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Day's slide into night, the work week's conclusion, and prayers of the Jewish Shabbat inspired saxophonist Paul Shapiro's compositions and arrangements for It's in the Twilight. It is celebratory music, imbued with optimism for change arising at these temporal transformations, a musical salve for these troubled times.
Inviting melodic heads develop from Shapiro, combining with fellow tenor saxophonist Peter Apfelbaum and trumpeter Steven Bernstein. The three play tight unison lines and punchy horn pops, exploring the Jewish scales. The catchy horn hooks are bolstered by the inventive rhythm sectionpianist Brian Mitchell, bassist Booker King and drummer Tony Lewiswhich lays down a variety of funk and R&B feels, brings the swing, and even drops some Gulf Coast Afro-Cuban flavors. The danceable grooves are appealingly familiar and form an elegant union with the melodic themes.
"Light Rolls Away the Darkness opens with a hip Afro-Cuban pattern for the horn section's interpretation of the melody accompanying the evening prayer. The unison part recedes for a succession of dynamic solos: Shapiro's round tenor takes a narrative turn, Mitchell's piano playfully inverts the rhythmic feel, and Bernstein's trumpet adds a lyrical touch. Concise solos are the norm, consistently accentuated with rhythmic modulation and harmonic snippets to play off.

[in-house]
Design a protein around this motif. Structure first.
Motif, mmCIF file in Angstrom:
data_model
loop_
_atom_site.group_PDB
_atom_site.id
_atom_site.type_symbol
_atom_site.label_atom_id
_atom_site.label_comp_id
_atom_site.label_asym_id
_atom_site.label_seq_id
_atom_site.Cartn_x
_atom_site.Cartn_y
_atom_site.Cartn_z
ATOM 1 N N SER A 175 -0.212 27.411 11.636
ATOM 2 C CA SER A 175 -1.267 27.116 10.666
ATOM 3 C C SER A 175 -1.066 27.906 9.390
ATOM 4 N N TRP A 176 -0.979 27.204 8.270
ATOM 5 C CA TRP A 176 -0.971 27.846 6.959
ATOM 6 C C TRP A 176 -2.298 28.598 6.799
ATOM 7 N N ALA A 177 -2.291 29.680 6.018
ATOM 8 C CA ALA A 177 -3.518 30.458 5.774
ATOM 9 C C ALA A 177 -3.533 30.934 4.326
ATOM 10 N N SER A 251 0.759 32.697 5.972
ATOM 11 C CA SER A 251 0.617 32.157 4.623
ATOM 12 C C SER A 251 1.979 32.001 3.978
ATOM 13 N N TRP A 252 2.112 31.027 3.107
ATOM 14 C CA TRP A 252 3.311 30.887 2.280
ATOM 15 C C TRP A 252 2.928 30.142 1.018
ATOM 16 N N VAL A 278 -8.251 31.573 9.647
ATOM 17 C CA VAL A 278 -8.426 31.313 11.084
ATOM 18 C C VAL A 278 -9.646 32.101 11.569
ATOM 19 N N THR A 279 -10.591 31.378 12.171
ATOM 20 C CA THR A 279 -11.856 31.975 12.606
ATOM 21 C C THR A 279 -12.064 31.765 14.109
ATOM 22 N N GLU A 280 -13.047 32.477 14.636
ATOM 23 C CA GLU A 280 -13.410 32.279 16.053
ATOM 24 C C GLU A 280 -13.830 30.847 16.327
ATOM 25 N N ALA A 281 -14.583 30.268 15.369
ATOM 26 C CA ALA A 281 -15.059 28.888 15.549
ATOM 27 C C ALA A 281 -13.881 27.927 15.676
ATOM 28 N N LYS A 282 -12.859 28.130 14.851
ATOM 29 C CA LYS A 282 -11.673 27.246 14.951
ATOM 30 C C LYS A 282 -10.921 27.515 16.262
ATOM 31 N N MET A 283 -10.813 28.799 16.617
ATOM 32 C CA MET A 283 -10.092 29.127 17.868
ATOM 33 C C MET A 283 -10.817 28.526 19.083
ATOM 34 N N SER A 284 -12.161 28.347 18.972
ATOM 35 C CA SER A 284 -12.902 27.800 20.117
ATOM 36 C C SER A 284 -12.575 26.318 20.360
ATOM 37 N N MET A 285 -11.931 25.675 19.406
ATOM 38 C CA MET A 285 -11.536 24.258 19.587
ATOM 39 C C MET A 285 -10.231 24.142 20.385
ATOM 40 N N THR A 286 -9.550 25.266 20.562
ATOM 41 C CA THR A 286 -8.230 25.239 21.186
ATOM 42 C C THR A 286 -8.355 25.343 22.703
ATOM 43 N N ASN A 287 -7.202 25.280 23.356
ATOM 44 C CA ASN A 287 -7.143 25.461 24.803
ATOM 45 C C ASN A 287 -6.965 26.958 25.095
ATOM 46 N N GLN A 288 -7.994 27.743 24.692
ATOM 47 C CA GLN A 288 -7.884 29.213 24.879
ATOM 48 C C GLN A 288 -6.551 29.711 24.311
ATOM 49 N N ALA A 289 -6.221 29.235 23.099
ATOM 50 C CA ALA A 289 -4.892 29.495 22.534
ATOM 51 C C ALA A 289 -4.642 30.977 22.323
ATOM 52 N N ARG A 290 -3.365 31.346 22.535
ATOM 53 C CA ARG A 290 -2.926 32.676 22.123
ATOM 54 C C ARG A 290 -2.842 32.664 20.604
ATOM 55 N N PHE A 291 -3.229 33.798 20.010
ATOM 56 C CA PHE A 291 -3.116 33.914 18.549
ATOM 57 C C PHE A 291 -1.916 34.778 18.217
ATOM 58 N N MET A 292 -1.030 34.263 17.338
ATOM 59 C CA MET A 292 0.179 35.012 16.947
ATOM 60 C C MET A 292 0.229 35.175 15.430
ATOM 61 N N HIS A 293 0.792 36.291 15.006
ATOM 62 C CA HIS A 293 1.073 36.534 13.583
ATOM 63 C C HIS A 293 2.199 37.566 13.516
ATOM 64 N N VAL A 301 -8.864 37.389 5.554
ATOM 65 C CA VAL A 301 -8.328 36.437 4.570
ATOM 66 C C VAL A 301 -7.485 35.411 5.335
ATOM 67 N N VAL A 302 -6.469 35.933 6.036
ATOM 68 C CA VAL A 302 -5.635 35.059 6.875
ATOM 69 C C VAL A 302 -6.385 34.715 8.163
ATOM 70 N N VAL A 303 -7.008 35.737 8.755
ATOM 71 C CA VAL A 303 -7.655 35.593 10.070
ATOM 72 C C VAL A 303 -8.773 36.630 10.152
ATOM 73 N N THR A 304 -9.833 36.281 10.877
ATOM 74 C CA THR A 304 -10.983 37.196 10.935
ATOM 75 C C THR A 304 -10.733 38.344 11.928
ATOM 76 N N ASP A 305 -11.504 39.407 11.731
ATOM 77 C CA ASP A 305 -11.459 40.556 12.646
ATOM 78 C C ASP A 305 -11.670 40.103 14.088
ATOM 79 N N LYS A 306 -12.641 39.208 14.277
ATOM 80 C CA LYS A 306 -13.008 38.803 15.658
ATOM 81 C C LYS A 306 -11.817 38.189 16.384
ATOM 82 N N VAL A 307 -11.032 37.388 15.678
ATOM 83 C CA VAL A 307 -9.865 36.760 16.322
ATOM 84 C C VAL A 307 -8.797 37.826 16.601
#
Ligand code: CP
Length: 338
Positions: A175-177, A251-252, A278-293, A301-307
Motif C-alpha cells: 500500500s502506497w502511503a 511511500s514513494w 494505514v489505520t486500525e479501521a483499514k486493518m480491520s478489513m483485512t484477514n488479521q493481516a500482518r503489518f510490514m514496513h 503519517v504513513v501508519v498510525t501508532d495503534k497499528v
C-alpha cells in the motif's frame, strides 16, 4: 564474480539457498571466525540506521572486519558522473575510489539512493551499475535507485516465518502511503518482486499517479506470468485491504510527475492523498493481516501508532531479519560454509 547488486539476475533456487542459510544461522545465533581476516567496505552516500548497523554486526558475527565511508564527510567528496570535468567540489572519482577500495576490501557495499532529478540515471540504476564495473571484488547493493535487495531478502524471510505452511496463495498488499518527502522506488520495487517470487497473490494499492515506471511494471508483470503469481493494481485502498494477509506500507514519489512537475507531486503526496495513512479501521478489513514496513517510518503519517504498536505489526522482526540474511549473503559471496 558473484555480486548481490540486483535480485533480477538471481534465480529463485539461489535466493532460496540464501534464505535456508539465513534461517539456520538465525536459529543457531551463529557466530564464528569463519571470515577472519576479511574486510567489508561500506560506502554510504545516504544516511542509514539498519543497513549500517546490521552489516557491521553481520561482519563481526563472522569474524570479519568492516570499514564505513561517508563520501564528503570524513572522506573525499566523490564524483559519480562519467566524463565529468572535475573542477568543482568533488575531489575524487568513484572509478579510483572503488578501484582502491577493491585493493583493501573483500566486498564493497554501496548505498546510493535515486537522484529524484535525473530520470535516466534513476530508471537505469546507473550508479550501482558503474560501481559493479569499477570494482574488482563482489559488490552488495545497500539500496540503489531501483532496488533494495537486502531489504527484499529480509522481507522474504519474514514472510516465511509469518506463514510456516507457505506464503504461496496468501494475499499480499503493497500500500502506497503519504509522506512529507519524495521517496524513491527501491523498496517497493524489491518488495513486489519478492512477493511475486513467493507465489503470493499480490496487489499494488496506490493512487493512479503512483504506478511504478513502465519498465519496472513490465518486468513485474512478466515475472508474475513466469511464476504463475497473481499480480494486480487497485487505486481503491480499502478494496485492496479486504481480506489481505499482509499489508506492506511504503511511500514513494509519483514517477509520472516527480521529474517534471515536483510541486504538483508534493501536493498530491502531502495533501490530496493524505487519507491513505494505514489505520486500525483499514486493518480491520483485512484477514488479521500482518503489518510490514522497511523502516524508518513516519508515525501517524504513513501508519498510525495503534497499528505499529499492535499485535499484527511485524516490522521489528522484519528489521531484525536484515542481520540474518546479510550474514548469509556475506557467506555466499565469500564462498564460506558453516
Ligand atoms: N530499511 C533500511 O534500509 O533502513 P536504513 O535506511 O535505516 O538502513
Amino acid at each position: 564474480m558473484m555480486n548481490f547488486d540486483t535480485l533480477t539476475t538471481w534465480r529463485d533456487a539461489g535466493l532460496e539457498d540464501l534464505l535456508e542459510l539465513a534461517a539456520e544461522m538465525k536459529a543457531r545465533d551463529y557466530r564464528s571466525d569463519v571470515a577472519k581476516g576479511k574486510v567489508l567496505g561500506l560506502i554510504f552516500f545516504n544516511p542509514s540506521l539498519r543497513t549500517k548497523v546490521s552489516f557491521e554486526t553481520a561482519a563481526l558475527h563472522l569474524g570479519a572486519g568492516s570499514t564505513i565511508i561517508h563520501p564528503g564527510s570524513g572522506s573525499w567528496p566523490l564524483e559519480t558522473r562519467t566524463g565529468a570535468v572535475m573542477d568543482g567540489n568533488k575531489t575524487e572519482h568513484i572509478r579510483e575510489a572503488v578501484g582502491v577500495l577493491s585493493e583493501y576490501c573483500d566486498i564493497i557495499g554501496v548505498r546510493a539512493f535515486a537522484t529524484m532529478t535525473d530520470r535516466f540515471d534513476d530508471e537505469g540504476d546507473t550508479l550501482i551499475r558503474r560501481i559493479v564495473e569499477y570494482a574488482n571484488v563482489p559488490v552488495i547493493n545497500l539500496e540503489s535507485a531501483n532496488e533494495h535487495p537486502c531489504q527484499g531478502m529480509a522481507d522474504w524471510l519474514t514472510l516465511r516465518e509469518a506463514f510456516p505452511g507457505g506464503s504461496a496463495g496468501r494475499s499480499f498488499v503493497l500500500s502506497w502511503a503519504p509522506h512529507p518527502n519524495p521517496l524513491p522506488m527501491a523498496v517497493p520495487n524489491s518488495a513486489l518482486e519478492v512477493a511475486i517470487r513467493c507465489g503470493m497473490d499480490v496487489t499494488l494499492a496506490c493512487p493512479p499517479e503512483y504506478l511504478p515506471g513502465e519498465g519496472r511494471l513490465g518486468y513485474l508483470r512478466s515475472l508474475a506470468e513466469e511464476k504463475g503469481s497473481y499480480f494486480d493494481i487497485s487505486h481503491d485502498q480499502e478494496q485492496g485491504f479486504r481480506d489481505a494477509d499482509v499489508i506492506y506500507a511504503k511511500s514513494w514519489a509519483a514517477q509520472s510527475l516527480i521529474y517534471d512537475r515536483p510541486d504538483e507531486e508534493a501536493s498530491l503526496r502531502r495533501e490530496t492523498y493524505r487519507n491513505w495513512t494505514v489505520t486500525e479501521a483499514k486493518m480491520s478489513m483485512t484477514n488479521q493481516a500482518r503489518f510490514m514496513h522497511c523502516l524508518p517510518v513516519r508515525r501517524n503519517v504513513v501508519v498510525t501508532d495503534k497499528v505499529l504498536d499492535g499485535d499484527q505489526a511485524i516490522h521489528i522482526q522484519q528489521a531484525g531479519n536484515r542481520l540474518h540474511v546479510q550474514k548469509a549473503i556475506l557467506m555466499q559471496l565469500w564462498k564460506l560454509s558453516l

A classic "jungle beat" propels "Children of Abraham and becomes a spotlight for Bernstein's soaring performance; on "The Sun Keeps on Coming Up, the rhythm section quickens the tempo to spur Apfelbaum's urgency. The old-time swinging feel of "Oy Veys Mir finds King's thumping bass line transforming into a ripping bass feature, before Lewis takes a classic drum solo and modernizes it with melodic ingenuity around the kit.
All the pieces converge for the infectious "Lecha Dodi Twilight. A greasy funk supports the popping melody, setting up a strong Bernstein flight and a few rounds of tenor sparring, before the group vocals add a charming, folksy vibe.
Track Listing: Light Rolls Away the Darkness;
Children of Abraham;
The Sun Keeps On Coming Up;
Lecha Dodi Twilight;
Oy Veys Mir;
One Must Leave So Another May Come.
Personnel: Paul Shapiro: tenor Sax, vocals;
Steven Bernstein: trumpet, slide trumpet, vocals;
Peter Apfelbaum: tenor sax, vocals;
Brian Mitchell: piano;
Booker King: acoustic bass;
Tony Lewis: drums.
I love jazz because anything is possible; it has few rules and the best jazz breaks those ones. I prefer free improv because it doesn't really have any rules at all.
I was first exposed to jazz in my teens (in the late sixties).
The first jazz record I bought was Filles de Kilimanjaro by Miles Davis, shortly followed by Extrapolation by John McLaughlin.
My advice to new listeners is to listen as widely as possible and not to make snap judgments--stick with it.